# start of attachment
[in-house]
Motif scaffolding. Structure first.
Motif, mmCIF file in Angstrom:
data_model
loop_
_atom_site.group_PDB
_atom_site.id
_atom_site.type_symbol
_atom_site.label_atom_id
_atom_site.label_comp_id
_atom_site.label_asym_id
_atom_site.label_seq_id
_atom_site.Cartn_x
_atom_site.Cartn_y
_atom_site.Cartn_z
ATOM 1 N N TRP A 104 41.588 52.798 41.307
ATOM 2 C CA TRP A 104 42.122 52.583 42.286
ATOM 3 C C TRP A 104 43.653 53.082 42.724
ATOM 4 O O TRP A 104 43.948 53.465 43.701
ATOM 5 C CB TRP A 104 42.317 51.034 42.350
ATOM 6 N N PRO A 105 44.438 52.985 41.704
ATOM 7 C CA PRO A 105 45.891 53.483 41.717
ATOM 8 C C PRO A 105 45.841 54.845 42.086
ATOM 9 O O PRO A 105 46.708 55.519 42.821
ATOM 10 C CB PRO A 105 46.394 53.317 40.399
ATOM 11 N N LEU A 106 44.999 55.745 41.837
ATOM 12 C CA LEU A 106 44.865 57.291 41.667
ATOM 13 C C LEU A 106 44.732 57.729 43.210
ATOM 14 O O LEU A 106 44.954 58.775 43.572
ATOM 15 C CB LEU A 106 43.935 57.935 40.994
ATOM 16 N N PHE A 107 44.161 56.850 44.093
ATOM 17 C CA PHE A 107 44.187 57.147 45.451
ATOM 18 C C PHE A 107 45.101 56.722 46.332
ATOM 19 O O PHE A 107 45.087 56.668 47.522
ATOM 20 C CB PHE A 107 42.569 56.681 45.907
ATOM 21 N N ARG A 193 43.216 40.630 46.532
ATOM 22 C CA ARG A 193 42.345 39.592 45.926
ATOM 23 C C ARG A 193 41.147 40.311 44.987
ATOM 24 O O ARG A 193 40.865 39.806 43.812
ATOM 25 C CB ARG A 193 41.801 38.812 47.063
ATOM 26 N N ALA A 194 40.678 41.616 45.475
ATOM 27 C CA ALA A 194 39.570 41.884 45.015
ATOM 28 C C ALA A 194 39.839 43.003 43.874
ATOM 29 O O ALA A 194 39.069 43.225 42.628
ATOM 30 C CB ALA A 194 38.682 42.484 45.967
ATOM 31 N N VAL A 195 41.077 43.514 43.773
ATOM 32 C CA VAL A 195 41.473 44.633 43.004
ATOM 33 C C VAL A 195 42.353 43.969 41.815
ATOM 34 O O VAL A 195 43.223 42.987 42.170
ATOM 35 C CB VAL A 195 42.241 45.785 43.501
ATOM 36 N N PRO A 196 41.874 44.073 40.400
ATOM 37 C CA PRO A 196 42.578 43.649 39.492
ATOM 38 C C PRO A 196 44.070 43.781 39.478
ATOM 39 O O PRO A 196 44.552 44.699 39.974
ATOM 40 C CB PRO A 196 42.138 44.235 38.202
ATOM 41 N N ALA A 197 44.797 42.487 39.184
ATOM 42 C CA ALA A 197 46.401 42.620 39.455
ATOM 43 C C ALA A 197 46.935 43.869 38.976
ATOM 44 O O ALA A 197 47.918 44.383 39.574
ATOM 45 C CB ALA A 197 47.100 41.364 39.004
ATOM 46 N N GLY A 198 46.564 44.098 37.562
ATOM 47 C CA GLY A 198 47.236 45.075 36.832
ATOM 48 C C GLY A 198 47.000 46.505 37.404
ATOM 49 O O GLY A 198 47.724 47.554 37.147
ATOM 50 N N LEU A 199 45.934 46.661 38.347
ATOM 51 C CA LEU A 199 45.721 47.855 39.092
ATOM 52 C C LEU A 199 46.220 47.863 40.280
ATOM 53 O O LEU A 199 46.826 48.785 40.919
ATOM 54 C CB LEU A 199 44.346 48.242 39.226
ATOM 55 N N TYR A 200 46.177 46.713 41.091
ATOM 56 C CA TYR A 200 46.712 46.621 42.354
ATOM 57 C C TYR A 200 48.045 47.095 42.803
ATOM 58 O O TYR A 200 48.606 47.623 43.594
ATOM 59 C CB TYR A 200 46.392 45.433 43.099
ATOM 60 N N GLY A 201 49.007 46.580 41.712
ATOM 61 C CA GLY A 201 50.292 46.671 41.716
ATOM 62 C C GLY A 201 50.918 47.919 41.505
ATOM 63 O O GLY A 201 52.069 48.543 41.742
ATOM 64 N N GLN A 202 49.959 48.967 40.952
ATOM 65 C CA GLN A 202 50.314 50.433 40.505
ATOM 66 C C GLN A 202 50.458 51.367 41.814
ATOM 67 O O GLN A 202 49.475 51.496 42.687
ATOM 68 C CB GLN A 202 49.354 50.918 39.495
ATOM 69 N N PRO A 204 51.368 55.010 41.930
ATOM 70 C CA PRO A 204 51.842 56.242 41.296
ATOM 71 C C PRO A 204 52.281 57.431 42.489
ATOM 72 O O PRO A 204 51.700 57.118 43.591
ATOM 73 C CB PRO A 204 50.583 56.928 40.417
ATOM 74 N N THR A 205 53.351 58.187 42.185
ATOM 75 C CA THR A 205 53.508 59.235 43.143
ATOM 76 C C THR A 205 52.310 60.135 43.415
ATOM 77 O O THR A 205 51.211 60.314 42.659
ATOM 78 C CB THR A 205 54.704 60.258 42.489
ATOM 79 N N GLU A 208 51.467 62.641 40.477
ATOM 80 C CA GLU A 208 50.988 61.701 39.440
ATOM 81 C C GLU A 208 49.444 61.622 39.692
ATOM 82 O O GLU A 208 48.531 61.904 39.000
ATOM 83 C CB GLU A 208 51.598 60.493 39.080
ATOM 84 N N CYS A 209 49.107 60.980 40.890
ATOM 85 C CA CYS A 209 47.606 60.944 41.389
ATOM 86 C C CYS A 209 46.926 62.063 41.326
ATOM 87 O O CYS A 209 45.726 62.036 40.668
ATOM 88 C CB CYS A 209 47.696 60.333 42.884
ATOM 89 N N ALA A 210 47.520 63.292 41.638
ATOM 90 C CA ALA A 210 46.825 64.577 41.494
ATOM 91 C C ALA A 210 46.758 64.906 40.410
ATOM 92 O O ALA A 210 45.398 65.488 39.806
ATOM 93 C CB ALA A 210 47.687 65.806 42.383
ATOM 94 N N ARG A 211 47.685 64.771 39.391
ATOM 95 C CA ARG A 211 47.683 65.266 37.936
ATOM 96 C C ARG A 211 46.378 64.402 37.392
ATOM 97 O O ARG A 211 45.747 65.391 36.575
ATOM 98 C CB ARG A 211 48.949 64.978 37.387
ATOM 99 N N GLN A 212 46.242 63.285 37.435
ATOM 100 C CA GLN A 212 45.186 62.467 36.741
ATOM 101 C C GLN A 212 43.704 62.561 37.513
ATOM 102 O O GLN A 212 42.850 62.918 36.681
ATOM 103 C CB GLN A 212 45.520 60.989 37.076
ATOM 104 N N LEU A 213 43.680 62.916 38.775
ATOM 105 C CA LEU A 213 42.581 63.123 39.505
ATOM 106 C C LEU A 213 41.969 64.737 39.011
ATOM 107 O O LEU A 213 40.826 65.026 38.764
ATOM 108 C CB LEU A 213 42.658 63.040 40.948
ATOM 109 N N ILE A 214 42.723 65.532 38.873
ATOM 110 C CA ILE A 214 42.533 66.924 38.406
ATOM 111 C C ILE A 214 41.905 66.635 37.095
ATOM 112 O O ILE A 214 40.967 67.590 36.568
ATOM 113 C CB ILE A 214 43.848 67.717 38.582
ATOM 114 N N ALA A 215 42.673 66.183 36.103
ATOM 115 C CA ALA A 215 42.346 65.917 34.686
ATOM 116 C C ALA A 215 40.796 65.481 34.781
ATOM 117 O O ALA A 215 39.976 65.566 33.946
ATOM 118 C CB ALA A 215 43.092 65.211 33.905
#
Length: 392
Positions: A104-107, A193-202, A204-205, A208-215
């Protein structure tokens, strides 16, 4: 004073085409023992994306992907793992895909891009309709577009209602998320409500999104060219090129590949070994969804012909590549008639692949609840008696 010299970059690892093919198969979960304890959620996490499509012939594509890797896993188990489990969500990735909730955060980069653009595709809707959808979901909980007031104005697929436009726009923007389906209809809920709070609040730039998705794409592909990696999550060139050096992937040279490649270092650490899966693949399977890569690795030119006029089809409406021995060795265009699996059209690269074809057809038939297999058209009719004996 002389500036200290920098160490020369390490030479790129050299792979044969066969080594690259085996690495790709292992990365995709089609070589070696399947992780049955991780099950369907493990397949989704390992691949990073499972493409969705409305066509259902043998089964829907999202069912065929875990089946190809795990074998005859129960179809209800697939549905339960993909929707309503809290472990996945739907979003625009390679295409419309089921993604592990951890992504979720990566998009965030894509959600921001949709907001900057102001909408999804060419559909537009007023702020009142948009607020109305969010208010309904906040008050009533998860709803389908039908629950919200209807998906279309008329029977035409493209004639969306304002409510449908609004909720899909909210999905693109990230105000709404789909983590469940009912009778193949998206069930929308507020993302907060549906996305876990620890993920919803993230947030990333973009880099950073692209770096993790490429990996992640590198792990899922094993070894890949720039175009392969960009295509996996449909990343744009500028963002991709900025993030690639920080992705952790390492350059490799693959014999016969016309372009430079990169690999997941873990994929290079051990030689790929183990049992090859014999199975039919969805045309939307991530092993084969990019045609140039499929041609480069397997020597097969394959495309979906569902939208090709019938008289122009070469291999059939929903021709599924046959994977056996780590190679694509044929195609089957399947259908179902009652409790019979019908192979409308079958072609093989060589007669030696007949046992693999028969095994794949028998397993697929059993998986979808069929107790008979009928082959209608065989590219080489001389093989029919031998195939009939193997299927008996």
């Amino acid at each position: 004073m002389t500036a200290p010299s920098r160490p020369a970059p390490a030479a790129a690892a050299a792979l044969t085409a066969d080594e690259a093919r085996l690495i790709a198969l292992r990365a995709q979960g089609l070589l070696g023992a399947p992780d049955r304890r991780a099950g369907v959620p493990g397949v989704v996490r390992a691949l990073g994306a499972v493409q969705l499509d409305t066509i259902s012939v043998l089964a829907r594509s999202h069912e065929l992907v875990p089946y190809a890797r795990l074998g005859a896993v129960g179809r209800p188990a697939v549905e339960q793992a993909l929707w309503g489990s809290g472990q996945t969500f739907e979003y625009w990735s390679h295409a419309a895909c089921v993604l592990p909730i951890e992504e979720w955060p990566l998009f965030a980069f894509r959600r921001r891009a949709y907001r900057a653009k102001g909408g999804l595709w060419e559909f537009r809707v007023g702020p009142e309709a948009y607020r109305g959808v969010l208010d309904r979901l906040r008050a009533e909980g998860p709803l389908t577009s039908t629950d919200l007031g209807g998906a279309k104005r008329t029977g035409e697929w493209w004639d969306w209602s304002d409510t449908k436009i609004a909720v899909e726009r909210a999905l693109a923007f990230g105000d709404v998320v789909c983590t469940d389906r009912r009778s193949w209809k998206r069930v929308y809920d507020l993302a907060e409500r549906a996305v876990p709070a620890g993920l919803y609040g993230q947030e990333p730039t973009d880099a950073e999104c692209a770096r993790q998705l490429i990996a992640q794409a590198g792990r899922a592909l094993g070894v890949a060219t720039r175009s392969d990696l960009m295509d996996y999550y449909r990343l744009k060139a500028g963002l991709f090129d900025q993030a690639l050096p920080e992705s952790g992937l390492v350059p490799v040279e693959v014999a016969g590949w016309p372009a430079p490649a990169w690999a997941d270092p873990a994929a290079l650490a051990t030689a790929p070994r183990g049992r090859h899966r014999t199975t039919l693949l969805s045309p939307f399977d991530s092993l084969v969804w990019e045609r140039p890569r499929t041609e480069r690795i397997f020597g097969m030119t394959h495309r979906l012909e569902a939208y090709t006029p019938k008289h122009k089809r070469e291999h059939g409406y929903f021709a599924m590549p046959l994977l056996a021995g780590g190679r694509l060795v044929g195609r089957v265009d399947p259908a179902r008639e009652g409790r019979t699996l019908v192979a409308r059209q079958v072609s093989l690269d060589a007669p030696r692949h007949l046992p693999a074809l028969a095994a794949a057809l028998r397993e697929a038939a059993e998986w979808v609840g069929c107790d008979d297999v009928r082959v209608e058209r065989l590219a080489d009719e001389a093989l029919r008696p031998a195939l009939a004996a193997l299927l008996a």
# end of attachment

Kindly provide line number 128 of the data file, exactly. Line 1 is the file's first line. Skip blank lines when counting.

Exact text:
ATOM 113 C CB ILE A 214 43.848 67.717 38.582